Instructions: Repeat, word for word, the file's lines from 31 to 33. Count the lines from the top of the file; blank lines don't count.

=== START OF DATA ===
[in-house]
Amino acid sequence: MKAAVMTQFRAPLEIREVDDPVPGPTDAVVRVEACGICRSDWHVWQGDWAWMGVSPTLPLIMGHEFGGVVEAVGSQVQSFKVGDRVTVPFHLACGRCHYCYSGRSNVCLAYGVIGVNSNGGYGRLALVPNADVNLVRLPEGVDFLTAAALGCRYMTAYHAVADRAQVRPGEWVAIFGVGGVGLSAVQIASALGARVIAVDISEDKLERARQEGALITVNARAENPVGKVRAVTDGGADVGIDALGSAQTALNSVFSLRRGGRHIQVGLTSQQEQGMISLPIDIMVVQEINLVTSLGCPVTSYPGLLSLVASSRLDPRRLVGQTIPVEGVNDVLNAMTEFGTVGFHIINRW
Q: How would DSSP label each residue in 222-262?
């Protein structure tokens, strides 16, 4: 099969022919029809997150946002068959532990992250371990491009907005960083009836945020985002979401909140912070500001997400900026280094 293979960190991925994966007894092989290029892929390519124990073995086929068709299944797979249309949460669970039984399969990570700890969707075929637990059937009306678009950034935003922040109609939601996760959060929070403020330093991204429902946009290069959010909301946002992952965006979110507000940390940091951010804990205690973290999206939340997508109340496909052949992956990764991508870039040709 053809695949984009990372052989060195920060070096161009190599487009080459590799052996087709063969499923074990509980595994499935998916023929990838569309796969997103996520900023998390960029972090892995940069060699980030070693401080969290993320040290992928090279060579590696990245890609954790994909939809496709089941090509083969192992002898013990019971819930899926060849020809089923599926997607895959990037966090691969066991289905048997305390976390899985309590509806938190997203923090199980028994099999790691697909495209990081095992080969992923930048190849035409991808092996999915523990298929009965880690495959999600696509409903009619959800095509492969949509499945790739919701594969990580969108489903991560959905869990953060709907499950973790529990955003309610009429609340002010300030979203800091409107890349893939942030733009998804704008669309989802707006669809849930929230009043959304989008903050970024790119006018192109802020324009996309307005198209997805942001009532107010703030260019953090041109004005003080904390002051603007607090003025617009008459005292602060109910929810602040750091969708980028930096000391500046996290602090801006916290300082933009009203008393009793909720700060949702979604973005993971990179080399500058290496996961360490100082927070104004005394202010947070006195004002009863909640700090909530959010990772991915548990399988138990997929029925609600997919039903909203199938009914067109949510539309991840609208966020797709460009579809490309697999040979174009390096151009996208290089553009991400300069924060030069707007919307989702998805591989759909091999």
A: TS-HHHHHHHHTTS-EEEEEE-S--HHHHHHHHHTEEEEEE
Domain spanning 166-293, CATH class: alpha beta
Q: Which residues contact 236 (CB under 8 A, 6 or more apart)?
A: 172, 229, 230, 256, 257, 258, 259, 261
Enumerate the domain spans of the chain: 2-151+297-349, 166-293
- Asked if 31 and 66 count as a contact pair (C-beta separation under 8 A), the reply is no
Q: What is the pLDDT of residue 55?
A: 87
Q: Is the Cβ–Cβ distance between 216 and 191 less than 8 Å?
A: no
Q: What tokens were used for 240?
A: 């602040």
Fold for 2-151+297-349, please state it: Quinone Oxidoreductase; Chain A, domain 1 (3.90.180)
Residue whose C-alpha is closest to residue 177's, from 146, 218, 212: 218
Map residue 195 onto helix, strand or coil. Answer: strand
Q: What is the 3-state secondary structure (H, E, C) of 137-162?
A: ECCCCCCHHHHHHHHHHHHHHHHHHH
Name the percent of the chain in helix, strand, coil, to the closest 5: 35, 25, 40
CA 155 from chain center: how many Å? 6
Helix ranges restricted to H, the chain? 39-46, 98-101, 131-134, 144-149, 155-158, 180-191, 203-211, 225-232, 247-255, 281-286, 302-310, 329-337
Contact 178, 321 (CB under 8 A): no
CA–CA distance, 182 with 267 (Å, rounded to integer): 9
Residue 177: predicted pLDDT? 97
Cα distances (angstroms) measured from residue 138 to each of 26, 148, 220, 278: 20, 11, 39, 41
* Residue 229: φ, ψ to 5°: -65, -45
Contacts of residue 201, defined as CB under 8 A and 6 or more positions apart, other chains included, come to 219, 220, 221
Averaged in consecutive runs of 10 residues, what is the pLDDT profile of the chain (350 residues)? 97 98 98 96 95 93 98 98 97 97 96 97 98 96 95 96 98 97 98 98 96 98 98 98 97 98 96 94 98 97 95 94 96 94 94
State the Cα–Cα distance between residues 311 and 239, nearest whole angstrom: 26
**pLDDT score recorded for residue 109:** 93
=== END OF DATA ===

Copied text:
Averaged in consecutive runs of 10 residues, what is the pLDDT profile of the chain (350 residues)? 97 98 98 96 95 93 98 98 97 97 96 97 98 96 95 96 98 97 98 98 96 98 98 98 97 98 96 94 98 97 95 94 96 94 94
State the Cα–Cα distance between residues 311 and 239, nearest whole angstrom: 26
**pLDDT score recorded for residue 109:** 93